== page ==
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Embracing technology to enhance customer experience in the hospitality industry

By Peter Stack - Posted on 8 January 2015

Peter Stack, Regional Operations Manager at Jurys Inn Hotel Group, explores whether technology can enhance customer service by freeing up employees from procedural tasks…

While self-service technologies (SST) may be old news to industries like banking and aviation, they are a relatively new phenomena for the hospitality industry. Increasingly, hotels are harnessing technology to differentiate their brands from competitors and meet evolving customer demands. There are many recent examples including the launch of Hilton’s new Canopy by Hilton brand, allowing customers to select a room and check-in prior to arrival, and the emergence of technology focused hotels like Citizen M.

There are, however, technology challenges in the hotel industry as each customer receives a different service experience. My research indicates these challenges may be changing as customers increasingly become intrinsically motivated to engage with SST. This raises the question, are the advantages of customers receiving personalised service now being realised?

This was something I was able to focus on when I wrote my dissertation for the Executive Masters in Hospitality and Tourism Leadership programme offered by Strathclyde Business School.

At Jurys Inn we are exploring if new value can be created by utilising technology to enable customers to personalise their hotel experience. Are customers prepared to pay a premium if they have the option to go online and select a preferred room, change the items it contains, choose an earlier check-in or later check-out, and so on? Technology can open up many more options and potentially change how the hotel industry engages with customers on a huge scale.

Many industries utilise SST to reduce labour costs but my research findings show that hotels can and should utilise SST to enhance the customer experience by redefining the role of the service employee. A good example of this is an area frequently mentioned in the focus groups and interviews conducted for my dissertation. Many participants highlighted the importance of a friendly welcome when visiting a hotel. This may seem like a basic expectation; however, many of the interviewees claimed receptionists are increasingly more like ‘cashiers’ where the priority is securing payment and completing paperwork. This presents an opportunity of where technology can be used to change the role of the receptionist from a ‘cashier’ to a friendly ‘welcome host’.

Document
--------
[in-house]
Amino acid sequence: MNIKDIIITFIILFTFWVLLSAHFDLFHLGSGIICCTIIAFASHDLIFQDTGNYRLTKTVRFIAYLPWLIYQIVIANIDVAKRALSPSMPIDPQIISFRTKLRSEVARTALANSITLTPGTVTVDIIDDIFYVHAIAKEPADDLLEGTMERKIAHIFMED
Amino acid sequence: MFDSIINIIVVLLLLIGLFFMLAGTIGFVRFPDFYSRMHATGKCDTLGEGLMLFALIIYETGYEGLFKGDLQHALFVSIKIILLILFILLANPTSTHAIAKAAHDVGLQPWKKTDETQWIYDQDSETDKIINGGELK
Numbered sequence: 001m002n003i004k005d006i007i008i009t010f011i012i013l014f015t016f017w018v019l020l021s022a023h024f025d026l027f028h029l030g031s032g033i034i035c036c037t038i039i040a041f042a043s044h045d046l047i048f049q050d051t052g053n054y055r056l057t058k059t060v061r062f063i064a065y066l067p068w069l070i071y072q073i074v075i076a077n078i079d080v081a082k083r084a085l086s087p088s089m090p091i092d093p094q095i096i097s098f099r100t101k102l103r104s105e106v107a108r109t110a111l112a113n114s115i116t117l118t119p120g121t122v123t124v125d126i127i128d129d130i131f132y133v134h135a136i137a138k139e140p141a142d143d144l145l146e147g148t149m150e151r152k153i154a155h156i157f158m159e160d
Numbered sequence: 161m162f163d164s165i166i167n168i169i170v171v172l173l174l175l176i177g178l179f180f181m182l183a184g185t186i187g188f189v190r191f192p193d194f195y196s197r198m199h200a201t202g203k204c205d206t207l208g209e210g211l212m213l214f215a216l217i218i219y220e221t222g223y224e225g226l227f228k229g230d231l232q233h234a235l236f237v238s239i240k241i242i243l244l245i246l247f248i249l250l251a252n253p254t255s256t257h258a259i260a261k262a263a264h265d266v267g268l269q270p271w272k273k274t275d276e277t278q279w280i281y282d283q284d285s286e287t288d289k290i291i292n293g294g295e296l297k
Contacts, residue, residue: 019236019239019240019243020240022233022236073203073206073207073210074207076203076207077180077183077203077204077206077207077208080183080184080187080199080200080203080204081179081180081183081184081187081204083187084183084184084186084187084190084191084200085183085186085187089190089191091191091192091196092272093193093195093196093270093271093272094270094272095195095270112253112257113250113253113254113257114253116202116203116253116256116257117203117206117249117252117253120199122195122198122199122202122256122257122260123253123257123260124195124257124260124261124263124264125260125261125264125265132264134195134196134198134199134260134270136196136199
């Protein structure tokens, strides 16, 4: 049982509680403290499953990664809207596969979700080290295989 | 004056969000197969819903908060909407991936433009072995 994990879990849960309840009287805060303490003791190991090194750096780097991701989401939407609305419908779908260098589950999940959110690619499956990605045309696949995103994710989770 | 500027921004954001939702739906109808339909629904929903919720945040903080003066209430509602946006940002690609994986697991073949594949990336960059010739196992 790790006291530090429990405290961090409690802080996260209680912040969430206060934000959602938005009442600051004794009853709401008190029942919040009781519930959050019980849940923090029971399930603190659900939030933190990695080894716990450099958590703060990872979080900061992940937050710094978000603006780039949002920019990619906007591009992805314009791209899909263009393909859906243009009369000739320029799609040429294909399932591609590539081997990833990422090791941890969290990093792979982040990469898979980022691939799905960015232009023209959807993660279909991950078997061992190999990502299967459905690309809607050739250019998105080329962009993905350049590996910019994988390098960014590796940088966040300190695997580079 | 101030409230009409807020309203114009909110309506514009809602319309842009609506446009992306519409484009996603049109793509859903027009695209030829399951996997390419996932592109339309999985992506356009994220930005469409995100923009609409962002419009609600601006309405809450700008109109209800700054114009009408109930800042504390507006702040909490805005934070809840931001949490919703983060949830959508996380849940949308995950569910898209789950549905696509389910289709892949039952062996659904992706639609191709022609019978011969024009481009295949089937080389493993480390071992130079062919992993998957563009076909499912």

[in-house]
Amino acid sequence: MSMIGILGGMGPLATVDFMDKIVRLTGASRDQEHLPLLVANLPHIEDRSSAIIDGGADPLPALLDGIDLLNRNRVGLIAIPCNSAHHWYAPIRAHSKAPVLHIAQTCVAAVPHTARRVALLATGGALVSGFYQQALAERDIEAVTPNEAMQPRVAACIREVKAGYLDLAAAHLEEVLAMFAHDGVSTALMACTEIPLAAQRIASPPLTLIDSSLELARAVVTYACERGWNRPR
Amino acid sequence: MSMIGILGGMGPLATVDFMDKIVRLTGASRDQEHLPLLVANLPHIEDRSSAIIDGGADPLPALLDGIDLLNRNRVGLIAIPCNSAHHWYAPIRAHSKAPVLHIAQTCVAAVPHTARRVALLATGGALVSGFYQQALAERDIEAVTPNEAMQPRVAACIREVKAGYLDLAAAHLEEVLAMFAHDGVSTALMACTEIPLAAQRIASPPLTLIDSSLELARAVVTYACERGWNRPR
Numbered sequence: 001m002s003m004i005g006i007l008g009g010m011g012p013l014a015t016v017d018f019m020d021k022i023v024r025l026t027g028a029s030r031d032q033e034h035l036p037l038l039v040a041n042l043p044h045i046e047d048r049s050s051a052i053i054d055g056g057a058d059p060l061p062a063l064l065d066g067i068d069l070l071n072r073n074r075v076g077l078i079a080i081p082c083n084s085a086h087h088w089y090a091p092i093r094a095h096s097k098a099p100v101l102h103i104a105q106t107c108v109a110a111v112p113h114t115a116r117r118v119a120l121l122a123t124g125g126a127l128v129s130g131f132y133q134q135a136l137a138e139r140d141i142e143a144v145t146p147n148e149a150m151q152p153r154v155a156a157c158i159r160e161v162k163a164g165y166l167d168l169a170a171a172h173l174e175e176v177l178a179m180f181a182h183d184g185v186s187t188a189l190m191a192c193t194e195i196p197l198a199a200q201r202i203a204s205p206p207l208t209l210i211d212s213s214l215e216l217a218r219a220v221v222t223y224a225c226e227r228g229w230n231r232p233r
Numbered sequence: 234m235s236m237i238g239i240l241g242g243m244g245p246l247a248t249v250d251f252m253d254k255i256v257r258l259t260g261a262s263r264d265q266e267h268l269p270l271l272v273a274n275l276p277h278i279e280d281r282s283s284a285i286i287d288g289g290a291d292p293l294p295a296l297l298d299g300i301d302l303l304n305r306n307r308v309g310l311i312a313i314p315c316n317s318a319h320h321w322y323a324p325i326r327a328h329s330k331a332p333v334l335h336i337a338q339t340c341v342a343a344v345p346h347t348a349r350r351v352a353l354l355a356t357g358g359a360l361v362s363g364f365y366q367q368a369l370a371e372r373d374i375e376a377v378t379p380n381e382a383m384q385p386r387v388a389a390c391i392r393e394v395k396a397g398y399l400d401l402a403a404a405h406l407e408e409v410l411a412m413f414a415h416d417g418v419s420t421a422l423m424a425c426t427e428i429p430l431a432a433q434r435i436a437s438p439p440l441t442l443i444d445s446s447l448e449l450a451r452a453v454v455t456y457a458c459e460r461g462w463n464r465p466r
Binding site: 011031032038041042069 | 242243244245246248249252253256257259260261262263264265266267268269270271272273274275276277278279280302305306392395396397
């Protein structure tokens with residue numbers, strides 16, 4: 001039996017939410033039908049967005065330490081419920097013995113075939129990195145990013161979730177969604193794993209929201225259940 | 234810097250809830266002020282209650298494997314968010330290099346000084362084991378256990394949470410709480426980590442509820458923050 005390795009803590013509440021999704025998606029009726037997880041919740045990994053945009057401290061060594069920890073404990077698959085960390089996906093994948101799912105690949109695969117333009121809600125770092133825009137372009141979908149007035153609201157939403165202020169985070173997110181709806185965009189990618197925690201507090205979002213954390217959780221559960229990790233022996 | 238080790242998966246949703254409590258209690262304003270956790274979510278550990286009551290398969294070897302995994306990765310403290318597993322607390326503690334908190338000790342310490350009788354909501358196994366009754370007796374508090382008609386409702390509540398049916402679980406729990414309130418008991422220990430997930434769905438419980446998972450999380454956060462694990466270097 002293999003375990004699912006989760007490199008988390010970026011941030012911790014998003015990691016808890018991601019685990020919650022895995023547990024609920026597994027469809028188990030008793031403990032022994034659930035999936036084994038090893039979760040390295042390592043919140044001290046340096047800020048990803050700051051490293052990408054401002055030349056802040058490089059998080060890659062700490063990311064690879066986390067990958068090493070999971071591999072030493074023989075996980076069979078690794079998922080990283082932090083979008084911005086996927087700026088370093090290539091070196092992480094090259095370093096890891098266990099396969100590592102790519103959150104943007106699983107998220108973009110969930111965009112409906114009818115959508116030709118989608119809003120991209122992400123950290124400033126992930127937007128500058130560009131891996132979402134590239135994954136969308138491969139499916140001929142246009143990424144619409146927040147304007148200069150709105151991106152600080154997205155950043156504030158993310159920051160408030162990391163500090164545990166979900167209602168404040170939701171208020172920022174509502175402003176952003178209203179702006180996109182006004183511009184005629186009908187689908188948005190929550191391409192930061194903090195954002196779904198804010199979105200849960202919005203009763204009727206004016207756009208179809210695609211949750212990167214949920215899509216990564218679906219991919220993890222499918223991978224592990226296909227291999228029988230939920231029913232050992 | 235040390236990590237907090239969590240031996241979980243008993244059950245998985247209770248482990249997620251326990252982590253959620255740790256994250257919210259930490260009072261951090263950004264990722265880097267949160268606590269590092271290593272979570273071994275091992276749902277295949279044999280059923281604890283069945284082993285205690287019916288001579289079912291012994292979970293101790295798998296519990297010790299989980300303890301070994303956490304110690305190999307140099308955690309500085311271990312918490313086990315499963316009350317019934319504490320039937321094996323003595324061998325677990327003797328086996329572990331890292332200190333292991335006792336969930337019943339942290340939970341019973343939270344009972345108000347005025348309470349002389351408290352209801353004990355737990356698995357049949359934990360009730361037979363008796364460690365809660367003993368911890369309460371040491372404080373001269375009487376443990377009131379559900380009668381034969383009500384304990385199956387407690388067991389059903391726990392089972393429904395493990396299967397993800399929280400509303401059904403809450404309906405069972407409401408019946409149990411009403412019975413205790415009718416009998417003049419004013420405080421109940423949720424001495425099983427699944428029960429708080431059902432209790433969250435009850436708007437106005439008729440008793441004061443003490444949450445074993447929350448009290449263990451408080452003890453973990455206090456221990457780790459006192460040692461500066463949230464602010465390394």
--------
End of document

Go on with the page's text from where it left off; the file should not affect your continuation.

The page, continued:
Unfortunately, my research also found customer facing technology is currently failing to have an impact on many mid-market hotel organisations and as a result is currently not improving the customer experience. The research suggested a significant change in attitudes towards the hotel customer experience is needed to meet expectations, and that the industry is struggling to achieve true value from technology investments that lack strategic direction. There are claims hotels are investing in technology simply to keep up with competition rather than to become market leaders.

I found that the industry’s hesitation to give some of the control back to customers is causing dissatisfaction. This issue is further emphasised as tech-savvy Generation Y grows older, gains more disposable income and increasingly become hotel users in an era described as ‘an experience economy’. Some hotel groups are now beginning to change how they utilise SST and consequently appear to be meeting customer expectations. This may stimulate that required wider transformation within the hotel industry - where embracing technology to cater to evolving customer demands -becomes the norm.

What are your experiences of SST in the hospitality industry? How would you like to see it be utilised in the future? Let us know in the comments section below.

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